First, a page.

I love Latin America. This love began when, at 16, I spent a year living in Brazil. Since then I’ve studied in Chile, backpacked and hitchhiked through through the Andes, gotten lost in Jesuit ruins in Argentina, graduated with a degree in Latin American Studies, asked Ren to marry me on a beach in Brazil, taught History in Spanish to ESL students in Houston, and, now, am adopting two girls from Colombia. The people, the languages, the history, the beaches and the mountains, the stories and songs.  I love them all. I’ve often joked that mi corazon es latino (or the Brazilian version “minha coracao e brasilero”).

Yet these past few years have felt so, I don’t know, middle American. Part of this is because Cincinnati, while a great city, is not necessarily a mecca for latino immigrants (and, of course, any place that lacks “the other” tends to have greater xenophobic views of them). I rarely speak Spanish. It’s hard to come by a decent taqueria. There tends to be a rather narrow world view.

Before adopting I was somewhat at peace with this. We still get 3 month off out of the year. We can travel to other places (indeed, Ren and I had planned to go to Brazil this summer before – happily – finding out about the girls). I would have to work harder at engaging my Latino interests, but I could get by.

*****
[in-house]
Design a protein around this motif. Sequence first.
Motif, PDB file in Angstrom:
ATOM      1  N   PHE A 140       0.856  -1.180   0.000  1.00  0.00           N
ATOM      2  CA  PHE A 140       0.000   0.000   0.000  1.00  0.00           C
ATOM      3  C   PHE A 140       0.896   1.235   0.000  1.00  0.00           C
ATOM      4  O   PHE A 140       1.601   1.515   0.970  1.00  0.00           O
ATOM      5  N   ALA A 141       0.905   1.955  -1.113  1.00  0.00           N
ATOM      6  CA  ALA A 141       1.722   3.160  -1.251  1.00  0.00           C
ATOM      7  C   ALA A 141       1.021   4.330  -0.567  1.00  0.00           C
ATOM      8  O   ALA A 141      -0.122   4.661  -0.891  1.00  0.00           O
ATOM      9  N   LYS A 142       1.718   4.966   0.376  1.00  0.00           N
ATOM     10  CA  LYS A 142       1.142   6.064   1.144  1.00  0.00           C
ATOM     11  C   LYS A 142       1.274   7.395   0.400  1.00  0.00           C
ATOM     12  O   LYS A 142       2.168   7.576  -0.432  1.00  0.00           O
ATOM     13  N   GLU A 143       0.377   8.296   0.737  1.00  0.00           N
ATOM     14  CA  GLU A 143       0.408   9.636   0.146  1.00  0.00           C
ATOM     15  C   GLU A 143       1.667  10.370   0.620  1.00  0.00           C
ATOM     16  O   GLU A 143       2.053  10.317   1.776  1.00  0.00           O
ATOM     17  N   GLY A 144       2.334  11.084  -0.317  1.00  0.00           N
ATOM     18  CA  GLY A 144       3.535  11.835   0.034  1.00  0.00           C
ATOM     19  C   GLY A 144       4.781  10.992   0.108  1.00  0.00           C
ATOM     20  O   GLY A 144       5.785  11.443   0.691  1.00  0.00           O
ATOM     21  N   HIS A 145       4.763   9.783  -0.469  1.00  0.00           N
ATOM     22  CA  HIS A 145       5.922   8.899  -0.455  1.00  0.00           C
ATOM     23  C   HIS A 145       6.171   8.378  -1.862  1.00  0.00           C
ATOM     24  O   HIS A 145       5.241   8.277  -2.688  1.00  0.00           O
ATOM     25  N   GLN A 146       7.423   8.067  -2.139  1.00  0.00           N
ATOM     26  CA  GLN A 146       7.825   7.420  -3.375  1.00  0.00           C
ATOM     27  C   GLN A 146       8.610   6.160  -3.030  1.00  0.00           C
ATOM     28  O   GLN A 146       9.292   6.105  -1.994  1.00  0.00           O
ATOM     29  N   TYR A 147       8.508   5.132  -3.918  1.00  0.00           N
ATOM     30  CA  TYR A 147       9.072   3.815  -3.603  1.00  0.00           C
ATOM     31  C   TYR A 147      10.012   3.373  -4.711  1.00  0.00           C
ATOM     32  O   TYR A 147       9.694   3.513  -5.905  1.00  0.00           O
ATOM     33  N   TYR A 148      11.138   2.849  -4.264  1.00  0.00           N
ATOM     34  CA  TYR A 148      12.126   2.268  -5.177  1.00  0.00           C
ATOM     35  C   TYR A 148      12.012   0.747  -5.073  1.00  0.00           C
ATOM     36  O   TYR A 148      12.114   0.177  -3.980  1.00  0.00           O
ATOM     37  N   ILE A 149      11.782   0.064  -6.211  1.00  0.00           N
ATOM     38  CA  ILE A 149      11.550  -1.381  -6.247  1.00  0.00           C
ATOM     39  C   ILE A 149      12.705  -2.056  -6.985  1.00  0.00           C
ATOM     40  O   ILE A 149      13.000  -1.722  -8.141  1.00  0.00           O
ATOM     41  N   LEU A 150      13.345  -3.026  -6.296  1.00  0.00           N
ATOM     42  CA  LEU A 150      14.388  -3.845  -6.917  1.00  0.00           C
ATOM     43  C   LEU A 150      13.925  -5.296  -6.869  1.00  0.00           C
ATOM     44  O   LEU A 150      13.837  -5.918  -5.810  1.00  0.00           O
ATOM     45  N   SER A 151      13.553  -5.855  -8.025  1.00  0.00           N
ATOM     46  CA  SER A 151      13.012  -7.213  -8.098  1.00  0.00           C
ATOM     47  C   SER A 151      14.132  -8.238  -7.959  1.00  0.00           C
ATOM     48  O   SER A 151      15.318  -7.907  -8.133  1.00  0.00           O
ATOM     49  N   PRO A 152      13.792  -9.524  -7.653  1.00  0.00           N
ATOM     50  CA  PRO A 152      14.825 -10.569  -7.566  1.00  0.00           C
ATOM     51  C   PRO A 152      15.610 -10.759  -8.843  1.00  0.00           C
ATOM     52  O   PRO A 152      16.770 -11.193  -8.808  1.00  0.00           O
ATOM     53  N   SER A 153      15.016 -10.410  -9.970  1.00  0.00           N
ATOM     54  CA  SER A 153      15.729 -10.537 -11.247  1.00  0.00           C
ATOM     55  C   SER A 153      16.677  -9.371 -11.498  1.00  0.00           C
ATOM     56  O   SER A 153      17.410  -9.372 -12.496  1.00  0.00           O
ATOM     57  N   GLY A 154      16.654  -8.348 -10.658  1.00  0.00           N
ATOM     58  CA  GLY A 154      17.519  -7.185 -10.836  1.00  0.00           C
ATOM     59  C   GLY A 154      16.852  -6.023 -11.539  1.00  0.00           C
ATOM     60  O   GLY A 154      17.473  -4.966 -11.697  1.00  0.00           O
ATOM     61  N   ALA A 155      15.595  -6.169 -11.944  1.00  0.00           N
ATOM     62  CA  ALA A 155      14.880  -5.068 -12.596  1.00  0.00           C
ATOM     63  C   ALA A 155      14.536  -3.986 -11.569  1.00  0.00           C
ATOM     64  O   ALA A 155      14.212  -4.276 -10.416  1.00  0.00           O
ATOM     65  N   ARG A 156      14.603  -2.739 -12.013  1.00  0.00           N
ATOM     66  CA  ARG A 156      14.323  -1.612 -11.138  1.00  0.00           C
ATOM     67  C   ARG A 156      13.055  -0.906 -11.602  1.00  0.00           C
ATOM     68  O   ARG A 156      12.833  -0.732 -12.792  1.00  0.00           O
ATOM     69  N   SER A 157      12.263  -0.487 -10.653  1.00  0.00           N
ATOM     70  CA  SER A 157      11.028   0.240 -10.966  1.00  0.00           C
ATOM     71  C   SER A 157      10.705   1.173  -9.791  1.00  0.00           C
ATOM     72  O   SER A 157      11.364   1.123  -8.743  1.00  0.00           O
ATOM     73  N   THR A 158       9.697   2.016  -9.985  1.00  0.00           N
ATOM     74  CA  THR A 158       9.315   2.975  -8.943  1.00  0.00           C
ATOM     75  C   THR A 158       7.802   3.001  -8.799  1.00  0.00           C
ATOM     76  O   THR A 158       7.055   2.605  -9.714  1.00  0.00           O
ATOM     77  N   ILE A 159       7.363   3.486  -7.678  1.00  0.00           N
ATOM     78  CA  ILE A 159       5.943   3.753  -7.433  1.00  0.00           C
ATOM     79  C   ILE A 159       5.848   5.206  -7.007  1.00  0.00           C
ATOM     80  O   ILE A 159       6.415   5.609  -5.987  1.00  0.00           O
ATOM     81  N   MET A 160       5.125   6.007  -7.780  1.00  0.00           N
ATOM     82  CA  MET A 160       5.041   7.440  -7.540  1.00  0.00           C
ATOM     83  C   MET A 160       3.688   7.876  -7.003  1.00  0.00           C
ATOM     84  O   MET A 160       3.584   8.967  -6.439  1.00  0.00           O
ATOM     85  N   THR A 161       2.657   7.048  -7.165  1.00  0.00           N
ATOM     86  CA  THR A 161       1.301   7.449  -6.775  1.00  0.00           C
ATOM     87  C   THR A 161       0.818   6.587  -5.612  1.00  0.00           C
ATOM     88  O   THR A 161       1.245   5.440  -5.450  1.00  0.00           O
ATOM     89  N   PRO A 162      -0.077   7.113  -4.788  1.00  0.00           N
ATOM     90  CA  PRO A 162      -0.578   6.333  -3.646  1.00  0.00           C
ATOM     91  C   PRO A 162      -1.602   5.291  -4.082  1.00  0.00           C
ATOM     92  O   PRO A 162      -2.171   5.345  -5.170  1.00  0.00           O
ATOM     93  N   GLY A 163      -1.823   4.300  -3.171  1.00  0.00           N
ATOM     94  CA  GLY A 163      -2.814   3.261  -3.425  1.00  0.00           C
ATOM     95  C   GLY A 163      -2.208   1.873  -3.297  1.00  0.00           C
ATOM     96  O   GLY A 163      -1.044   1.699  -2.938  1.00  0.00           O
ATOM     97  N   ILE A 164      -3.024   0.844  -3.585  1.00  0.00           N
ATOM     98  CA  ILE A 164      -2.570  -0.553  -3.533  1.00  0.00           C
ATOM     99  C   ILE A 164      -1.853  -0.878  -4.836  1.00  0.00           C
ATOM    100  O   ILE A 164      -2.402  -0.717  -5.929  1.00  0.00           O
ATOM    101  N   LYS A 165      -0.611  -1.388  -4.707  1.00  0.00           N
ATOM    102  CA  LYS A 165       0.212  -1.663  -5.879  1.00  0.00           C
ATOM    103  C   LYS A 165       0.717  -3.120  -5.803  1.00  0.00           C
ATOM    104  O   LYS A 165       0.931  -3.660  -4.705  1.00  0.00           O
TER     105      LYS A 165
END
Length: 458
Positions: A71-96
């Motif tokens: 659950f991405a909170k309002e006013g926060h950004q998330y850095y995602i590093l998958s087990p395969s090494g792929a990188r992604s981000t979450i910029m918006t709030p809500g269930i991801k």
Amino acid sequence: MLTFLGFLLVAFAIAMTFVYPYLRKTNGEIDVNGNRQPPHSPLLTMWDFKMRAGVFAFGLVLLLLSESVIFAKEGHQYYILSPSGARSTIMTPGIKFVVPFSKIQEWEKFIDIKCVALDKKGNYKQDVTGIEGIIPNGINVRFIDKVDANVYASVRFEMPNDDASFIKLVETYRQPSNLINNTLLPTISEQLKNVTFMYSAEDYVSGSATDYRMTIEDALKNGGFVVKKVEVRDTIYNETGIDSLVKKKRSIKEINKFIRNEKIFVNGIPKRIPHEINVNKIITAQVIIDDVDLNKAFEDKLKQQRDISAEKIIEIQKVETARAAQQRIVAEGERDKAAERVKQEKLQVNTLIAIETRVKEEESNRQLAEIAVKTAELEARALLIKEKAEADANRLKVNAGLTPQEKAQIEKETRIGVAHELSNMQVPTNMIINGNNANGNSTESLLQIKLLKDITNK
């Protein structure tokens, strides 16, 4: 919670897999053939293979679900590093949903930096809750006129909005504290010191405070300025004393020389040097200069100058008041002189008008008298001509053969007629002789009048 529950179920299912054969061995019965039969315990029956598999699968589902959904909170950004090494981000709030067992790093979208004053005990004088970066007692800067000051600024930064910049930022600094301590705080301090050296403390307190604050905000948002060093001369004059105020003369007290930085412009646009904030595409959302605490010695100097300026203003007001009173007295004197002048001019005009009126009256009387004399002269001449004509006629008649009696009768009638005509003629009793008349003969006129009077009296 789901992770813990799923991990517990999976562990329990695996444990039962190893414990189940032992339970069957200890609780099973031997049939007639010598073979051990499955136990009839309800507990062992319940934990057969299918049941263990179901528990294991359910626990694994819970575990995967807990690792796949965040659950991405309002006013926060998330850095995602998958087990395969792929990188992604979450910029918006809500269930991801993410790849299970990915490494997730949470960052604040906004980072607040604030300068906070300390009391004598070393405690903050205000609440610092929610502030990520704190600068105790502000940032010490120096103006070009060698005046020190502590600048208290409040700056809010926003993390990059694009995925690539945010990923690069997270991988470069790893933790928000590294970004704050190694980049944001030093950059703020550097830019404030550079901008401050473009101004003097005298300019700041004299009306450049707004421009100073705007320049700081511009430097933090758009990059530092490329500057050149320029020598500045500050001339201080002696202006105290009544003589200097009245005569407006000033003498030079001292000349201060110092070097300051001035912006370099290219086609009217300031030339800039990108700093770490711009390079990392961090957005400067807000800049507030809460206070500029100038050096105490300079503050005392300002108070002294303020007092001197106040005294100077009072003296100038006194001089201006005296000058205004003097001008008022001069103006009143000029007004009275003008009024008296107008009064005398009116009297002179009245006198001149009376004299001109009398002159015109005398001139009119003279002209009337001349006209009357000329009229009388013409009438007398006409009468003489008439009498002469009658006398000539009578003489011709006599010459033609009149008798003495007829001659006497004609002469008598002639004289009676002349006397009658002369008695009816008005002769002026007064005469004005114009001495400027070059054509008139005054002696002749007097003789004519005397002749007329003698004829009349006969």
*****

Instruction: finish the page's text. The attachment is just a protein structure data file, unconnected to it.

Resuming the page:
Now it’s different. I don’t want my daughters to loose their identification (and my identification?) with their Latina roots. While certainly not the most pressing issue (bonding and attachment definitely take precedent), it’s an issue that sits on the back burner.

Our identity as a family is changing. I’m thrilled and happy with the change, but I wonder what it all means. Is there a wise way to do this? How important – their Colombian roots – will it be to them? What is Ren and my relation to Colombia now? Are we obligated to keep abreast of its current events and its culture? Is creating opportunities with other Latinos the same as creating opportunities with Colombians?

Just some random thoughts that pop up from the back of the mind.


Reflections on Advent, Reconciliation, and Fatherhood